Well, agnosticism was my path after high school until meditation and difficulties turned me back toward religion in my late twenties. At that point, I started to see many simple proofs for the value of Spirituality and of the existence of a higher being. And there have been a number of wonderful teachings of the value of giving thanks that don’t even center on a All Knowing, All Seeing, Being in the Sky that unfortunately for many is clothed in unpalatable traditional garb that seems to need changing.

One of the great teachers and mentors that have clarified and expanded on the value of appreciation and giving thanks are Kurt and Patricia Wright. Giving appreciation actually benefits the giver by training the mind to focus on and find value. If you’ve ever bought a car, you’ve probably experienced the sudden appearance of your vehicle all over the road. Your model of Volkswagon or Ford Truck was probably covering the road in the same numbers before and after your purchase. But your mind was suddenly tuned into finding your make and model. The same goes with finding value. If you have the choice between picking up a piece of trash or a 20 dollar bill, we’d all easily choose the 20 dollar bill. Yet, when it comes to the trash we pick up and hold in our minds, most of us are much less discriminatory. Deliberate appreciation is just good training of the mind to pick up the good stuff! And the more we train our minds in this direction, the more good things and great opportunities we’ll be able to see and enjoy.

A very interesting thing happened on the drive back east. Sometimes it’s easy to focus on the length of the driving, the inconvenience, the poor driving habits of others, or bad road conditions. Instead I started asking value-generating questions, things that Kurt and Patricia Wright recommend we do. What do I like about this road? What’s great about the snow I’m seeing? I did this for about five minutes. I had been a little depressed, and after a while my mind drifted away from this little exercise. What shocked me was realizing a short while later I was in a tremendously good mood, and I was able to offer jokes and cheerfulness that not only lifted my own spirits, but that of my passenger.

So now some practice. This is really for my own benefit, but perhaps it can be an example. What are you most grateful for this Thanksgiving holiday? What am I grateful for? I’m grateful for having supportive loving parents who’ve stayed together all my life despite many difficulties. I’m grateful for the love and support of my wife, and the opportunity to know her more deeply through knowing her family as we travel between them here in the mid-west. I’m grateful for a job that helps me grow as a person. I’m grateful for the Chantilly Theatre, that has taught me some valuable lessons about selfishness versus true leadership.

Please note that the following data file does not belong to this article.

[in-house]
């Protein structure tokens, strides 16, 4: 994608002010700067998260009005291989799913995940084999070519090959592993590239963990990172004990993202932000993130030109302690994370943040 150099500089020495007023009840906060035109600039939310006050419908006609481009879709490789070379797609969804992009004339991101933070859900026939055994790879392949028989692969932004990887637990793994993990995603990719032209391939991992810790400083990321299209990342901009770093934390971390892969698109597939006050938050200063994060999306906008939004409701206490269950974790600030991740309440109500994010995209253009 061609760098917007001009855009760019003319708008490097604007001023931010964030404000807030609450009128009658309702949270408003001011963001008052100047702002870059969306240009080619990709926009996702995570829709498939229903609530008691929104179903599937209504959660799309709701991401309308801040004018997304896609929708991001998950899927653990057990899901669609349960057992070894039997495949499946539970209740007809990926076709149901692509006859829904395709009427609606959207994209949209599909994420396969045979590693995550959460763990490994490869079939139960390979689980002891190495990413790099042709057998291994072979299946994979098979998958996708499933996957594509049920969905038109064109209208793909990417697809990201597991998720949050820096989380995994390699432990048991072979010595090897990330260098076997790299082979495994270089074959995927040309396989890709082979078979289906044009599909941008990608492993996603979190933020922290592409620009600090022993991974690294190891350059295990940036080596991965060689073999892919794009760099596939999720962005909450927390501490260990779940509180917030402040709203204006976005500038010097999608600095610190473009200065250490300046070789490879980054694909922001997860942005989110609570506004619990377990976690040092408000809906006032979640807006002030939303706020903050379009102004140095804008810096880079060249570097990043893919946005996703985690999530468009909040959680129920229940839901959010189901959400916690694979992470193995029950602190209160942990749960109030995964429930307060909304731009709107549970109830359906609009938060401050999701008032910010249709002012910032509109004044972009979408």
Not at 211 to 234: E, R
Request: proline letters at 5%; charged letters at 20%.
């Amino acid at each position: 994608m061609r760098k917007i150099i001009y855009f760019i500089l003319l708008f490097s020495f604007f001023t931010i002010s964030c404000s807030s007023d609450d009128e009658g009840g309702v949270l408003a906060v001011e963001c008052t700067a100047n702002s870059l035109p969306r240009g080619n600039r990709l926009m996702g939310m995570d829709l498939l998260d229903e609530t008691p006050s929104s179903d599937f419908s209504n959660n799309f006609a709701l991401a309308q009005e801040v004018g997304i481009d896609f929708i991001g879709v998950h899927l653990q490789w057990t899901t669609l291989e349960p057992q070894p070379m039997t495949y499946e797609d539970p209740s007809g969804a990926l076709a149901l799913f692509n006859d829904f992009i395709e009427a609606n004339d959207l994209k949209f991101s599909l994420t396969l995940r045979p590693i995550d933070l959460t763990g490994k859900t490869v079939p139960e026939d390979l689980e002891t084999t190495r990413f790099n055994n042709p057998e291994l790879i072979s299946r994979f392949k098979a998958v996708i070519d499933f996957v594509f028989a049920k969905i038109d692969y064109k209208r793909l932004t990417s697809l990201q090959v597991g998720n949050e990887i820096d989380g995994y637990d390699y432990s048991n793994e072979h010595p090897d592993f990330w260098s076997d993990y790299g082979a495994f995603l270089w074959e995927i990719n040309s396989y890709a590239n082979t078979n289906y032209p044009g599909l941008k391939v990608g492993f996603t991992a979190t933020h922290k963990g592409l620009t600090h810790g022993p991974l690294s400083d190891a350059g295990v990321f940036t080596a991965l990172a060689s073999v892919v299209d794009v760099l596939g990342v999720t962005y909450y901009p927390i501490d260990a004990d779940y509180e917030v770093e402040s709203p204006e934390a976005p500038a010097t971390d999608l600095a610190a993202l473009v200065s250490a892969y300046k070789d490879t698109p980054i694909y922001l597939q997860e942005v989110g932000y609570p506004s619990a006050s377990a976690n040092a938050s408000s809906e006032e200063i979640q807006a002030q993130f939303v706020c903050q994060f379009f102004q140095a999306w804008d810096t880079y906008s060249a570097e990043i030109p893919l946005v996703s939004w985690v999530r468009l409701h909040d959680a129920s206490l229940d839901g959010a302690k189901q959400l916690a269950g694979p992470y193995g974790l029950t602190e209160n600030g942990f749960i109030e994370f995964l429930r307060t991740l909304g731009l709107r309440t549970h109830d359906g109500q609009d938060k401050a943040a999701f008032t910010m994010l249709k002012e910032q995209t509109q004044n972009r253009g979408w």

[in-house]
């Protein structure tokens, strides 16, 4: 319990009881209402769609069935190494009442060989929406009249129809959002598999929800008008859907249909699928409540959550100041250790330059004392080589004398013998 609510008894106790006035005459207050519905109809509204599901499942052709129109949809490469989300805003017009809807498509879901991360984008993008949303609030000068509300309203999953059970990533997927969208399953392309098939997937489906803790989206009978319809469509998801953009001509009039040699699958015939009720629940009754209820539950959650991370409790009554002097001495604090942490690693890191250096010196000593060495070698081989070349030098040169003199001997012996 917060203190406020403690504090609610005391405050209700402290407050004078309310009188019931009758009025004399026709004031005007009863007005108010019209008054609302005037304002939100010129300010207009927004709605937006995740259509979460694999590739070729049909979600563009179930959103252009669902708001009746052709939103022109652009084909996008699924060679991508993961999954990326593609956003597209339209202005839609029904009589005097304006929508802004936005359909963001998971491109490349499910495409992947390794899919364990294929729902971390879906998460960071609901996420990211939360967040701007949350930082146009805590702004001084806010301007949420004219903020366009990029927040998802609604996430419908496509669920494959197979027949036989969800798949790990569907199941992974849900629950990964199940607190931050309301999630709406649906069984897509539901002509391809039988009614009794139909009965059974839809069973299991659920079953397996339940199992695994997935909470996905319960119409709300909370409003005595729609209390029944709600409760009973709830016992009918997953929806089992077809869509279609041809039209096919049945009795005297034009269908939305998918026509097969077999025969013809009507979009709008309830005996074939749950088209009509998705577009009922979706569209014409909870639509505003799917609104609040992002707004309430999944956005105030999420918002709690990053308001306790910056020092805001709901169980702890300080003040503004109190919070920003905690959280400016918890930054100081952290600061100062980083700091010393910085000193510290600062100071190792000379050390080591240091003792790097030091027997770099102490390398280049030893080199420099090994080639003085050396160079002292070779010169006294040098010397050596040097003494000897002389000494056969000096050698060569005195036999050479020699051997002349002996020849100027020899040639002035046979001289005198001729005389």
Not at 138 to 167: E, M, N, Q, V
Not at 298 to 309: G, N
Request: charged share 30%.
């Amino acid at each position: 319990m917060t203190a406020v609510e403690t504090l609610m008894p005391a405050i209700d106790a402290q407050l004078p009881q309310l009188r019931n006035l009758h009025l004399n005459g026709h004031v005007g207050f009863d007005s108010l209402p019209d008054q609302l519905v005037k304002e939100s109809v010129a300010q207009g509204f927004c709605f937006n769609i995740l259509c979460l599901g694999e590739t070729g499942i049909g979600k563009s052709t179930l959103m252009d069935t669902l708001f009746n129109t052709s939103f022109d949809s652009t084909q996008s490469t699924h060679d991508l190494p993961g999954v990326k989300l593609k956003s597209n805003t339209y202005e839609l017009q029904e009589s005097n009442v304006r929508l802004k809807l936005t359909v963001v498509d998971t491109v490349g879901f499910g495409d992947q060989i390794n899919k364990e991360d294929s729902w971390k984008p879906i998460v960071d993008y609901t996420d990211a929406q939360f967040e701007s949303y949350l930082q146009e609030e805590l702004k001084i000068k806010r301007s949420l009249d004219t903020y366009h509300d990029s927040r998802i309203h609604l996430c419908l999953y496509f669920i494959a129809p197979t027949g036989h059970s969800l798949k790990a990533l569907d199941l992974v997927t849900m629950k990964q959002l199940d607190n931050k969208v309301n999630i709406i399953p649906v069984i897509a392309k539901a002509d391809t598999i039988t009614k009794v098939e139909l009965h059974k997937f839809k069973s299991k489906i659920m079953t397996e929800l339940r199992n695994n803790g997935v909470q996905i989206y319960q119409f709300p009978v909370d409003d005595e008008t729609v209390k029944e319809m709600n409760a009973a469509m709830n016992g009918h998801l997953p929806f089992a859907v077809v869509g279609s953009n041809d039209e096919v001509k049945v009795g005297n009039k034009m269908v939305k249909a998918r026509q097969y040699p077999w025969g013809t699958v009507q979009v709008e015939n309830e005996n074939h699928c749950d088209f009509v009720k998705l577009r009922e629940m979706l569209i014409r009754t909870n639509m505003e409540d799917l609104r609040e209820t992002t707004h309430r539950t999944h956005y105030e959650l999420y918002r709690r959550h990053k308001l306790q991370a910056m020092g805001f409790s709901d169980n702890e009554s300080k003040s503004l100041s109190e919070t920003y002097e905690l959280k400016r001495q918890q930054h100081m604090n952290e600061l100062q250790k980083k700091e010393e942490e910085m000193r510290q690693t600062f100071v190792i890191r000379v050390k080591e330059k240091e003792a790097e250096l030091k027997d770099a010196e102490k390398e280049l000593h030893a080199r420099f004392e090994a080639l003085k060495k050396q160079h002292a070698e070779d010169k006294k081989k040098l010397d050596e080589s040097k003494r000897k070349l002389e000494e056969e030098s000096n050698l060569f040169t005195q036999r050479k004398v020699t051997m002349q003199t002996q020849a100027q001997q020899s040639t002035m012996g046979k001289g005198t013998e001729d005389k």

That just reminded me of Peter Drucker. In his book “Managing the Non-Profit Organization” was something that really blew me away, as I’ve spent years in self-development with less than the results I’d hoped for and Drucker relates that a good leader doesn’t think “I”, he or she thinks “we”. Not from self-training, but because the true leader identifies with the team and focuses on the task and the mission. I’m very grateful for that lesson this Thanksgiving!

God Bless!

Spiritual Busy Signal

A particular audiobook from Audible.com, called “Never Eat Alone” has been a large inspiration reccently. It’s a business book that describes how to network so that you never eat alone. Business books might not seem to fit with spiritual topics. Some might consider it practically an oxymoron – business and spirit – but some of Keith Ferazzi’s book was explicitly spiritual.

There was plenty of material that was great for building a career in business, but the best benefits from listening was the recognition of how important it is to find mentors and mentees. In my highschool, the home room was called our mentor group. Yet it is only as I get older that the importance of mentors becomes crystal clear.

A real aha from “Never Eat Alone” was that human relationships are not like bank accounts that get deminished from withdrawals. When we ask someone for help, we actually make the relationship stronger. Saving a favor, keeping score, are certain ways to kill our network. Learn to ask for help. It’s one of the greatest benefits received from attending Jim and Michele McCarthy’s software development bootcamp. So many people struggle unnecessarily when help is just a question away. But as the book shows, it doesn’t harm our relationships, it builds them. We just need to be willing to help too.